Hemianthus micranthemoides is also known to aquarists as Micranthemum micranthemoides, and it’s also known as Pearl Weed and Baby Tears or Pearl Grass…so many names for a small and versatile stem plant!
AND…It’s also known as Nuttall’s Mudflower, at least according to the USDA! That species happens to be a native of the eastern United States. Some sources suggest this species may be extinct in the wild, existing only in the aquarium trade now, with one source suggesting the last wild plant was seen in the 1940s. However, even this bit of “fascinating background” leads to a more interesting twist.
Author Dr. Jordan Teisher suggesting that in fact, all the “Pearl Weed”, or H./M. micranthemoides we have in the aquarium trade is actually a different species that is native to Florida–Hemianthus glomeratus! Take it one step further, and Chistel Kasselmann assigns this plant to the taxon Micranthemum glomeratus, noting that Hemiathus was merged into the genus Micranthemum after phylogenic analysis! As with so many plants in the aquarium trade and elsewhere, the taxonomy and identifications here are simply a mess!
Being a low-growing stem plant, it’s quite versatile; stems can range anywhere from 2″ to 8″ tall, depending on the source, but you can trim this plant to any height you desire. Generally considered an easy to moderate plant, and requiring at least moderate light; brighter light should help give less leggy, more compact growth.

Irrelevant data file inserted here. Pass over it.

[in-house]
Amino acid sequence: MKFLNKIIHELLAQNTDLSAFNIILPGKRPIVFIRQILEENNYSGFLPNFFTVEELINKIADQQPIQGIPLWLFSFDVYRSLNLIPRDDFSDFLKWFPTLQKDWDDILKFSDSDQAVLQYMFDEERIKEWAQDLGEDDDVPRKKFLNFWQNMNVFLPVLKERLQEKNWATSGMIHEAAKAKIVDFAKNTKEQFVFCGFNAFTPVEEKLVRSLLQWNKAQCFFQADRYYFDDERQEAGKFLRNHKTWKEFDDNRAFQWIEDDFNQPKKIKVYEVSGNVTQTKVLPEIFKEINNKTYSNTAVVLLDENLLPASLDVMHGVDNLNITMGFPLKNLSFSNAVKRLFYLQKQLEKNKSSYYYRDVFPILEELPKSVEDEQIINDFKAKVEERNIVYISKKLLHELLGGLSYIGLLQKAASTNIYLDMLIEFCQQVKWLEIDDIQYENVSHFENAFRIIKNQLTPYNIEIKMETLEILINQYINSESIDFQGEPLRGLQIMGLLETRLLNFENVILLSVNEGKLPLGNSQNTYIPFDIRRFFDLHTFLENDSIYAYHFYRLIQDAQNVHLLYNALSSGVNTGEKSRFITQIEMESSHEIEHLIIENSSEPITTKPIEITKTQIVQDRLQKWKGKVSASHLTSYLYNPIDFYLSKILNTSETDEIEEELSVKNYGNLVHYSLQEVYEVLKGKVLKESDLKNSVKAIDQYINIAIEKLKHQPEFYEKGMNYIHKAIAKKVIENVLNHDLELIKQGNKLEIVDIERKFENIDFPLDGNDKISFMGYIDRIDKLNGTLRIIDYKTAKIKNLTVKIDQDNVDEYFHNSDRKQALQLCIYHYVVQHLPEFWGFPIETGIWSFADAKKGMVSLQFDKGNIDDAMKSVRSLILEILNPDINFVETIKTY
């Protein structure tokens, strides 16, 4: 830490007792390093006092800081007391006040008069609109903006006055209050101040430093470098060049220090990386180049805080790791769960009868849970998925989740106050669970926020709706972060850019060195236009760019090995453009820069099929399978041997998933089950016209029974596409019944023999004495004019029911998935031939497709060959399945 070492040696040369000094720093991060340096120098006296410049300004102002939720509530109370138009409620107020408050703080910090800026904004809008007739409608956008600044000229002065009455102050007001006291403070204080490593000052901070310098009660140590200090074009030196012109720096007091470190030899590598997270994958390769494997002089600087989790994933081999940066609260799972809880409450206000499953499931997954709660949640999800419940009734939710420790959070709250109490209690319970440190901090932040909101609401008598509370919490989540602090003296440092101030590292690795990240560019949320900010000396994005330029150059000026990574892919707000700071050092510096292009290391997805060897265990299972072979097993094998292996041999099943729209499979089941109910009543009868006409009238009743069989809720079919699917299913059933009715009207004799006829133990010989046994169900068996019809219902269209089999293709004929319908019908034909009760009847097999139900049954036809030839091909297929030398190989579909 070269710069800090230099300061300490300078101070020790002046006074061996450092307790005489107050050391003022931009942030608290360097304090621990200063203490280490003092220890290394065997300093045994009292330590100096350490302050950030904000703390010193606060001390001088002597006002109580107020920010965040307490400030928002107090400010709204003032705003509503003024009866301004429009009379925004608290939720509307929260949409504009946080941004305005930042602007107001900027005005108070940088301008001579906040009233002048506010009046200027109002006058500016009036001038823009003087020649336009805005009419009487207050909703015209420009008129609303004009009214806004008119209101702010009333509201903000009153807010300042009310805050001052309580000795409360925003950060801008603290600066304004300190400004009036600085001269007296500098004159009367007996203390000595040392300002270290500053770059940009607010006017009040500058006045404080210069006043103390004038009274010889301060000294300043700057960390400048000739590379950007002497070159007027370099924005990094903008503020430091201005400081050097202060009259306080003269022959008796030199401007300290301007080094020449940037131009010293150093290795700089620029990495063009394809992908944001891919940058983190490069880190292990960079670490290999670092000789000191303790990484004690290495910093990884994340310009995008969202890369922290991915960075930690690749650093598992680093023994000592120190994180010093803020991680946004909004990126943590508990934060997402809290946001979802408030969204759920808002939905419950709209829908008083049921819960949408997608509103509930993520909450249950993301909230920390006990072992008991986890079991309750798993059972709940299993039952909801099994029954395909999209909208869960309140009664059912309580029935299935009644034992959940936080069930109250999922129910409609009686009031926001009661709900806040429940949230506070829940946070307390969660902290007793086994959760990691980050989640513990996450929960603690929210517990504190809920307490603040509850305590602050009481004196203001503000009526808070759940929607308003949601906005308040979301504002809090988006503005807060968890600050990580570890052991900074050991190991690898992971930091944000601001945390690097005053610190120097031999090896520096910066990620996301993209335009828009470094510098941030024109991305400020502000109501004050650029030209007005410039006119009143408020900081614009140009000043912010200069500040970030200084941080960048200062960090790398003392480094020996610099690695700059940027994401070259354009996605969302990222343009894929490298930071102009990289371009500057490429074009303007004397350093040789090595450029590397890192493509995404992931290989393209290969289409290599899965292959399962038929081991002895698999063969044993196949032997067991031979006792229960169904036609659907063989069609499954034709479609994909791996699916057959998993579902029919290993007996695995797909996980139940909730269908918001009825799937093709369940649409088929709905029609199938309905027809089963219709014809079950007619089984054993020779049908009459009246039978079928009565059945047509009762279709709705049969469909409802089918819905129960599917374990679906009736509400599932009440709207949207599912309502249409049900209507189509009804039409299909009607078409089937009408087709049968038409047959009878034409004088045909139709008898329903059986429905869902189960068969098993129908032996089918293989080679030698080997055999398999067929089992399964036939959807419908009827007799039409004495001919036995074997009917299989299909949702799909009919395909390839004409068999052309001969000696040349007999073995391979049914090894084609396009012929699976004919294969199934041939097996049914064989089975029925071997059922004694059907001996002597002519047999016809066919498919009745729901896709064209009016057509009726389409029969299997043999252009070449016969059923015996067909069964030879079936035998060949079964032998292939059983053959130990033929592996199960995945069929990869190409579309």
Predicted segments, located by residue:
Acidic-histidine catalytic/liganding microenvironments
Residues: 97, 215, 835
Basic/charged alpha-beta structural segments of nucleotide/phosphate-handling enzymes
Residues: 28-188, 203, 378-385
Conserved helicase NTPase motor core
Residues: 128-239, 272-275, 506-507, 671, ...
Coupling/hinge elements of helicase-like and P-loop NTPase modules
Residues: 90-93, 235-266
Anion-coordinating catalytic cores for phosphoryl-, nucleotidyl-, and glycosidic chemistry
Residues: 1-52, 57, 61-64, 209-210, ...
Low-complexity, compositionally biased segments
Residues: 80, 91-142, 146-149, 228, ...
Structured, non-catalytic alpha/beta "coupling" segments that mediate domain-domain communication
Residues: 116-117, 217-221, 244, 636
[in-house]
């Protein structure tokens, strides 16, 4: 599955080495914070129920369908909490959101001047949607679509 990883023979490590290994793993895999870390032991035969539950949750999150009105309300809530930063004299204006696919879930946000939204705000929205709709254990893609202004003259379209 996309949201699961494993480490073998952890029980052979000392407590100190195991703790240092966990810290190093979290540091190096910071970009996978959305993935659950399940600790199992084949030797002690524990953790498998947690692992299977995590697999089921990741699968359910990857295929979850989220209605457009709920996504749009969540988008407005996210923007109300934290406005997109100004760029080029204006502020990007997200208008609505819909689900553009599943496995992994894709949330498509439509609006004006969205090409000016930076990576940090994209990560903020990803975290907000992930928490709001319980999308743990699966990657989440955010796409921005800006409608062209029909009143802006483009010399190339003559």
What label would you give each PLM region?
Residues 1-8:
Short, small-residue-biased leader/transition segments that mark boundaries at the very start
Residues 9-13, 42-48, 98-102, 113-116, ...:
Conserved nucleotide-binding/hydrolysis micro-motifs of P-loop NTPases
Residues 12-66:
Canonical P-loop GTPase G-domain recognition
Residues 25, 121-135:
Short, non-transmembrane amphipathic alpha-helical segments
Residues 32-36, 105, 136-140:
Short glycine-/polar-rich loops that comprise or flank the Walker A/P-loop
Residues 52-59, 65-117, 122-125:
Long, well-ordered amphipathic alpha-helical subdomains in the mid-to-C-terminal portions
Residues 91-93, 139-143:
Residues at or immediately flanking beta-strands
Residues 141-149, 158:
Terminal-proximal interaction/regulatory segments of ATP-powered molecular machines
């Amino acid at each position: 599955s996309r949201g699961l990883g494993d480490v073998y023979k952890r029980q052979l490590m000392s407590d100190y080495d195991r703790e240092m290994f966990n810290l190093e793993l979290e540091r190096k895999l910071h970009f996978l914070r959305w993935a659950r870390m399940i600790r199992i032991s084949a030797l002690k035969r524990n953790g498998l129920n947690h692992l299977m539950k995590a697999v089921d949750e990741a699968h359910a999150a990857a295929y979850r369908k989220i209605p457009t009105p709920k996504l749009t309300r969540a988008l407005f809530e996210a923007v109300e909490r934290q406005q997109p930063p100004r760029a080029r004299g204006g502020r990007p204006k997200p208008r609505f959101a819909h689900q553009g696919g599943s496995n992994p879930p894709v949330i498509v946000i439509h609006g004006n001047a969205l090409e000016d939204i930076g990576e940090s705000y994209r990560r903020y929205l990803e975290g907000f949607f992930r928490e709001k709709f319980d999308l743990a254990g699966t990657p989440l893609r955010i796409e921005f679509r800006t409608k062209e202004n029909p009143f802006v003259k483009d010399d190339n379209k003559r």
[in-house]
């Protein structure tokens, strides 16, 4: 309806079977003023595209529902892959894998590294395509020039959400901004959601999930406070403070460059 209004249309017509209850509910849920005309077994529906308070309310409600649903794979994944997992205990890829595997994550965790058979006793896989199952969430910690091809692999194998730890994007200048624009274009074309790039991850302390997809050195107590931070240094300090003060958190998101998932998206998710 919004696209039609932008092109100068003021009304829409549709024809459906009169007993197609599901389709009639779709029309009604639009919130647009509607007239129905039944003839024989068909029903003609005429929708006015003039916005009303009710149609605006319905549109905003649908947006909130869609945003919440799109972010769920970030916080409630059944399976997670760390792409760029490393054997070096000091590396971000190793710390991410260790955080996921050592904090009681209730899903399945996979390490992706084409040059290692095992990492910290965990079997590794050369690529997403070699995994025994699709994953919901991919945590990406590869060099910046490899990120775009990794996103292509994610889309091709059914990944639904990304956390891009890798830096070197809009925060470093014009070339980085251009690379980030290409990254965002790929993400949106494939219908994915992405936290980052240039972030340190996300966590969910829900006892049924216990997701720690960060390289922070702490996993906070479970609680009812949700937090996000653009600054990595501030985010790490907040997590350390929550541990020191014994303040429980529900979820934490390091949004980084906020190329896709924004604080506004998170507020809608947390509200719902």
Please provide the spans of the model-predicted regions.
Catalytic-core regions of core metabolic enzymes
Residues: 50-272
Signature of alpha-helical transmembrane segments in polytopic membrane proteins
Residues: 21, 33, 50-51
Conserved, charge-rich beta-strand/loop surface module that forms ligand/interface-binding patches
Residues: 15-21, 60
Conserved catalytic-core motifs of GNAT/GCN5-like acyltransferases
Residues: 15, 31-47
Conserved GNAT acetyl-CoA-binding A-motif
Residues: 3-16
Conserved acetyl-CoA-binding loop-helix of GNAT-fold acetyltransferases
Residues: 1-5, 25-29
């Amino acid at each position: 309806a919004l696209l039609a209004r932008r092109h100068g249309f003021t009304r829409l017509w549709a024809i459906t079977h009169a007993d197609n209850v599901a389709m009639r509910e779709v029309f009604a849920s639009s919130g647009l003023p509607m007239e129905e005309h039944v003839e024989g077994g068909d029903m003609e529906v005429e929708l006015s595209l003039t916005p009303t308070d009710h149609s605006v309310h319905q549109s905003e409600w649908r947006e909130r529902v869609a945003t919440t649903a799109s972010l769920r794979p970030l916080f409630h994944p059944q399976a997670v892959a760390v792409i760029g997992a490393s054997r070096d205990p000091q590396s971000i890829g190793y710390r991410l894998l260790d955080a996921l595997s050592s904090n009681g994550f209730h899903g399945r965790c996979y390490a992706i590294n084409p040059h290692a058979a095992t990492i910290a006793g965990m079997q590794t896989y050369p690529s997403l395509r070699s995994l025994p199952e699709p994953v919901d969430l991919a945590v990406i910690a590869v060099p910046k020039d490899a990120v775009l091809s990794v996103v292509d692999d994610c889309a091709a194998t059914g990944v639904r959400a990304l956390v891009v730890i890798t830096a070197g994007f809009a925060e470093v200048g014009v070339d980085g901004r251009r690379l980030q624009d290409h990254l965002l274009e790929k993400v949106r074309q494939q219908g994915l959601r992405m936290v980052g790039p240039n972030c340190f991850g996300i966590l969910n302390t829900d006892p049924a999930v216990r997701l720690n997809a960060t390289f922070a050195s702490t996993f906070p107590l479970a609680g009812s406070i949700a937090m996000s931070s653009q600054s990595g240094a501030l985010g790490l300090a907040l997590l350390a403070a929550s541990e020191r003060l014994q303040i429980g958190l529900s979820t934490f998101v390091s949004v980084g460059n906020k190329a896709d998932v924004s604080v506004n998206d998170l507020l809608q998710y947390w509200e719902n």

Kasselmann notes that this aquarium plant can also be used as a foreground paludarium plant, and I suspect it can have vivarium applications as well!
About Tissue Cultured Plants
In-vitro or tissue culture methodologies are used to create genetic clones of countless forms of plant life from orchids to hostas and yes, more recently aquarium plants. Tissue cultures are free of algae and pests, grown in a lab from clean, micro propagated plant material. Tissue cultures are “matured” when offered for sale, and should be used upon arrival if possible…wait too long and they’ll decline. While aquarium and aquascaping applications are the main target of tissue culture offerings, many of the plants available via tissue culture can also be used in emersed or even paludarium and vivarium-type conditions.
To use your tissue culture, simply rinse all the culture media from the plants. You can divide up the culture into many smaller pieces, or in the case of some types, individual small plants are readily apparent and can be utilized individually.